From up on the ledge, I heard wind in the trees, and birdsong. The highway less than a mile away normally occupies a piece of the background noise, but for ten weeks, I heard no distant car and truck motors. In that silence, I could understand that hundreds of thousands of people in my region could not go to work. That many had lost their jobs. That they were struggling to pay bills and get food. That children and teenagers could not go to school. And that all the normal channels to help them—therapy, churches, synagogues, mosques—had shut. In that silence a heavy weight hung over Connecticut. A new disease had afflicted many tens of thousands of people and by mid-May killed 3,449 of them.
Pitch pines grow up here. They love dry, sunny places like sand plains, and most of the sand plains in Connecticut have disappeared beneath buildings and malls. They grow slowly on ledges that face the sun in just the right way, waiting patiently for what they need, clinging to rocks and sliding their roots around to get a purchase. These trees make up .04 of 1 percent of the Connecticut forest and less than 1 percent of all the pines in the state. They are a relic of another time, when they grew more abundantly and when people cut them down for their resin-filled knots where limbs meet trunk. They were known as candlewood because those knots would start fires so neatly.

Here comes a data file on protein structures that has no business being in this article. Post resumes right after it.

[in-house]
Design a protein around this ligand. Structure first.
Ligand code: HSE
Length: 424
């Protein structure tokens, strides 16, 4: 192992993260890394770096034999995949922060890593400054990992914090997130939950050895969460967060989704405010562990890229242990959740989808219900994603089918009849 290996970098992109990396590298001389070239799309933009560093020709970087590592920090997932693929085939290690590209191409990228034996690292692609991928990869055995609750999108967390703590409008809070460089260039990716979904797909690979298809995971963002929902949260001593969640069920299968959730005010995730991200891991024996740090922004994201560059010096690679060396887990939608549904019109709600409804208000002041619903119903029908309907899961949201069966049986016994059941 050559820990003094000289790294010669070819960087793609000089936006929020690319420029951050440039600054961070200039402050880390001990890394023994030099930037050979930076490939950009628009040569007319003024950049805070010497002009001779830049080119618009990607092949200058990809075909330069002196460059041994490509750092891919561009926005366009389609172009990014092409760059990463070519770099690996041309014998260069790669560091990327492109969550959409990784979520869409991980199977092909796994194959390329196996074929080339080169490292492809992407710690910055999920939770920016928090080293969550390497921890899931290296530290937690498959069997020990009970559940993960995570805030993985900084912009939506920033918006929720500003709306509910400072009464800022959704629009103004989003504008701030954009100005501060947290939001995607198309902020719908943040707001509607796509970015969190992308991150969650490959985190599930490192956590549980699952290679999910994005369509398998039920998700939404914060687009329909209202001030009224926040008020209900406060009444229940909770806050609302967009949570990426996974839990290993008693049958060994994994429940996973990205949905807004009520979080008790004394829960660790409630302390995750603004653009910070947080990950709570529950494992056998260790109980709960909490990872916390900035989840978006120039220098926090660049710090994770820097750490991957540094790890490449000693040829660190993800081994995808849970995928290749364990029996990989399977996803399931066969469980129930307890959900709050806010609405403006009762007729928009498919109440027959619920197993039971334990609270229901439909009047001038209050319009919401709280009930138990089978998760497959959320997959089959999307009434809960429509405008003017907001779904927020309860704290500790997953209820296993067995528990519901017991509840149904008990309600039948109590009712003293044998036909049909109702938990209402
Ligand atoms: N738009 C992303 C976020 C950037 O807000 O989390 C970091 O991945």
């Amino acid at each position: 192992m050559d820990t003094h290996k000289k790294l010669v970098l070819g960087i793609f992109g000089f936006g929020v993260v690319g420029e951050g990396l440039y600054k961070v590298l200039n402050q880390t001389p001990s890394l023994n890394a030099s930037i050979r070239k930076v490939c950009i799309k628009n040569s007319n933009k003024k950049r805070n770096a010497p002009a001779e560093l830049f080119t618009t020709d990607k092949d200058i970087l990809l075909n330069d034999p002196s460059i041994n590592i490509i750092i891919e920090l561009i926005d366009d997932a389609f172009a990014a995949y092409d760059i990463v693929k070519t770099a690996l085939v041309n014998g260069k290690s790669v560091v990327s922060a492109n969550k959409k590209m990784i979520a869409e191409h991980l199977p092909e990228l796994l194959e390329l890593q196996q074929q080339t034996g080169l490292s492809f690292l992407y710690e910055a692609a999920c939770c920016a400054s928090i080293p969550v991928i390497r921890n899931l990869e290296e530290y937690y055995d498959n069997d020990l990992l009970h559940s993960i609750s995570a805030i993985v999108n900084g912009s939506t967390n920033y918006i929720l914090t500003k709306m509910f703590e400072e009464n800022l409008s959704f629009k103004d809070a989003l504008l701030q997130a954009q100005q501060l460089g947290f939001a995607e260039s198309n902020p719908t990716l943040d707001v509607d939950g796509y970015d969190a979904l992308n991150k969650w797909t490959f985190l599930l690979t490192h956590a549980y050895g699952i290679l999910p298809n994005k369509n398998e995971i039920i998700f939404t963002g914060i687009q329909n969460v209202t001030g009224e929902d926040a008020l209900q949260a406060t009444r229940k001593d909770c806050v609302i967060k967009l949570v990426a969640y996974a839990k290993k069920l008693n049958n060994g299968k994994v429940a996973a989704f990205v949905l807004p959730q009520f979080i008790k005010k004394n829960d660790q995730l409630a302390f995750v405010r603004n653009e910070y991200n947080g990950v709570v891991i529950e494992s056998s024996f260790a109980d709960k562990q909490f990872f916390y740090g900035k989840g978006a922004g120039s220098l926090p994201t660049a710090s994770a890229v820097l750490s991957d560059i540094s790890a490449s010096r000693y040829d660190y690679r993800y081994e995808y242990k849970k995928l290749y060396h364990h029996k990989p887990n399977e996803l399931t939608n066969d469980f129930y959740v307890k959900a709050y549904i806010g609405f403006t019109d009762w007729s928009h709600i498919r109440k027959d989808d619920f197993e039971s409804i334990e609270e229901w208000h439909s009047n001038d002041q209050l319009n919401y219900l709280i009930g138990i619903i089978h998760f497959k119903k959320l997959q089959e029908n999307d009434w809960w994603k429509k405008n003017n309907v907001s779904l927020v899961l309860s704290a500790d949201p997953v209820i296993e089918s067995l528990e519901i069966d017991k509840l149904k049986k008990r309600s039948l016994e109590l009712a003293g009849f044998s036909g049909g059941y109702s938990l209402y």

Belden C. Lane, a theology professor and backpacker, wrote in his book about the spiritual side of wilderness hiking* that just “plodding an uphill trail” migrates his mind away from panic and impulsive thoughts or actions. Lane knows that moving through the woods “evokes an intuitive way of knowing.…What the mind hardly fathoms, the body already knows.”
Walking into wild places is an act of faith. I don’t feel afraid in here because I’m used to moving through the backcountry. I know that bobcats might be denning somewhere near this ledge: from up here, they can see hares, turkeys, chipmunks, raccoons. In spring, the green and sometimes reddish buckmoth caterpillars will munch on oaks until they emerge into huge black- and red-winged creatures. Maybe I have stepped on brownish slimy caterpillars for a Gerhard’s underwing as they crunched on roots. I don’t know. The grand theater of nature hides in the wings when a human breezes through. I’m just a visitor for a moment. But none of this scares me. I feel glad I can visit this mysterious world for a while.
In spring 2020, the world suffered together through its isolation. Millions of people got sick. No vaccine or medicine could help. Populations shut themselves away or went about business tentatively, looking away from each other or crossing the street. For a few weeks, the ordeal felt temporary, but then I began to understand that this threat and our inability to stop it would not retreat quickly. The pandemic will retreat over many months while humanity learns to detect it, treat it, or avoid it.